It’s true. The Tilly and the Buttons Cleo dungaree dress is addictive. It is impossible to make just one – or it was for me anyway!
The first one I made was in some yellow corduroy I had leftover from my Pixie Pea Coat (I seriously overbought the fabric – I bought 3m and only used 1.5m!). I sized down one size at the waist as my hips are much wider than my waist measurements but looking at the gap at my waist I could have gone down two sizes. I really took my time to make this, I added extra topstitching down the side seams just because it looks nice and chose to go for the hip pockets for this version.
The second one I made is this tweedy one. The tweed was a bargain from the Birmingham Rag Market on a stall selling overstock fabrics, these are considered ‘sustainable’ as they are essentially recycling a waste product leftover from manufacturing. If you want to know more about overstock fabric, Indie Sew have just published this blog post which explains it really well. Again, I took my time and added extra topstitching and I have hardly taken this one off since I completed it. I went for the top pocket for this one and while it is less practical (where the hell am I supposed to store my phone?!) I am really happy as the pocket is a great place to display my growing collection of sewing-related pins and brooches.
The main adjustment I made to my versions is that I fully lined them – this isn’t in the pattern instructions but I really felt like they would ride up when worn with leggings if I didn’t. I lined the yellow one with some cotton I bought from IKEA that has been sitting unloved in my stash for ages and whilst this isn’t the world’s most sustainable make, I’m glad I am using up my scraps and my stash. The lining I used for the tweed version I picked up at the fabric swap the Fold Line held at the Great British Sewing Bee Live in September. I absolutely LOVE fabric swaps – someone’s scrap is another person’s treasure and you never know what you might find! I didn’t realise until I got home that this beautiful bird fabric wasn’t a continuous piece but had been cut into lots of pieces – enough for a top AND a dress. I was thrilled to find that two of the dress pieces were big enough for me to cut the lining for this Cleo – hooray!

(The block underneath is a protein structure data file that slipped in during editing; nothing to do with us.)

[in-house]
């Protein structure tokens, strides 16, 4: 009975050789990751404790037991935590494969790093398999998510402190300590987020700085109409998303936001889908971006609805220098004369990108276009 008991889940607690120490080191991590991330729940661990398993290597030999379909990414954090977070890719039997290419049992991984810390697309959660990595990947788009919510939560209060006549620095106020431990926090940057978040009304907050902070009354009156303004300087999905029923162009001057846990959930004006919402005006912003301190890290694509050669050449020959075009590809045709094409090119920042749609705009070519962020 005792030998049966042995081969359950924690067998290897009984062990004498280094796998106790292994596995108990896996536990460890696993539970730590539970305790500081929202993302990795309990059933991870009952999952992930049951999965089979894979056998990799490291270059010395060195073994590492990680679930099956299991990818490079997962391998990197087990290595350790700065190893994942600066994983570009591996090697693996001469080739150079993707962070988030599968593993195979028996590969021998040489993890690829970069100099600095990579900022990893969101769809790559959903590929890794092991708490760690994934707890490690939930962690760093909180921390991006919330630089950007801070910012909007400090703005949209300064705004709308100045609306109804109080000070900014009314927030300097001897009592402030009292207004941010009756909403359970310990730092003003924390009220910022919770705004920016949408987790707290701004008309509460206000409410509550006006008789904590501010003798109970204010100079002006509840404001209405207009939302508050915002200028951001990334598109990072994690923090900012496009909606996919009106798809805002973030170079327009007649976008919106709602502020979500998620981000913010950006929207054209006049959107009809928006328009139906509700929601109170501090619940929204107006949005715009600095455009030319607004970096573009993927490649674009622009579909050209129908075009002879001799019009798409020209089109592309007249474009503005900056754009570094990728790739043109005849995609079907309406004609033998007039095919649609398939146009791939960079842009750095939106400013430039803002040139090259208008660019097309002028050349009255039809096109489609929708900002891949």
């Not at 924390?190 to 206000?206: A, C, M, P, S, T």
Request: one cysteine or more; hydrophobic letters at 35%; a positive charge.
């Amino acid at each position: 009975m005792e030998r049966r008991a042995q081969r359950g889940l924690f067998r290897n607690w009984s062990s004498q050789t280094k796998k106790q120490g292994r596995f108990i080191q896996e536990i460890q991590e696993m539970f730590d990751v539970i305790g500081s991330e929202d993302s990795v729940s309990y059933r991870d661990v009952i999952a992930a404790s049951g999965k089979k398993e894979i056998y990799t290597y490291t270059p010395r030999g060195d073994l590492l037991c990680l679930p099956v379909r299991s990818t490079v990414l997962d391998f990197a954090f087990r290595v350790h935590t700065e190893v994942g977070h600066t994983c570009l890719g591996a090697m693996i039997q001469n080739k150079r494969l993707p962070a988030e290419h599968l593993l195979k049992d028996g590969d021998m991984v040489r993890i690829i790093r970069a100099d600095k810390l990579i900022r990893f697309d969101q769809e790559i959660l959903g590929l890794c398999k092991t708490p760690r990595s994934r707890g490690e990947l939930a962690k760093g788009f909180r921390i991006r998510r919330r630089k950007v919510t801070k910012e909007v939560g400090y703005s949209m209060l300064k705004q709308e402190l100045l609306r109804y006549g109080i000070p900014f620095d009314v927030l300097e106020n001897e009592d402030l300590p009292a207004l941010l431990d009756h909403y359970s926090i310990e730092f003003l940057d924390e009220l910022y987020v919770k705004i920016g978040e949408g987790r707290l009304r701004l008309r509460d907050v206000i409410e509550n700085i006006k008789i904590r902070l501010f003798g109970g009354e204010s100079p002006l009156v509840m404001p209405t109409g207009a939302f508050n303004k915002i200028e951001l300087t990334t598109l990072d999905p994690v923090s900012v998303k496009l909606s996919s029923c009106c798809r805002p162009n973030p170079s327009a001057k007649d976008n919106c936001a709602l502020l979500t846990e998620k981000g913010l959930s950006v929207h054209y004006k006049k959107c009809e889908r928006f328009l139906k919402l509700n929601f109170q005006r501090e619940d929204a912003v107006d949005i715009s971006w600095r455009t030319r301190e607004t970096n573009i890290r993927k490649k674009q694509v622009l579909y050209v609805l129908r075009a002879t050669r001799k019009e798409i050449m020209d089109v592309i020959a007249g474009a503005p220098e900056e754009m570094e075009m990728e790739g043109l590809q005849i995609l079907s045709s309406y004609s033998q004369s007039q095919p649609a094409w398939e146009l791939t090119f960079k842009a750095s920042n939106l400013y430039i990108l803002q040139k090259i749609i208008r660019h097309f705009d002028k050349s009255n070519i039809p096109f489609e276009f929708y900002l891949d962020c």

Right then, that’s me done rambling, here is a picture of me walking away before I bore you any longer! Have you made any Cleos? Or are you fed up of seeing them everywhere? Let me know in the comments below!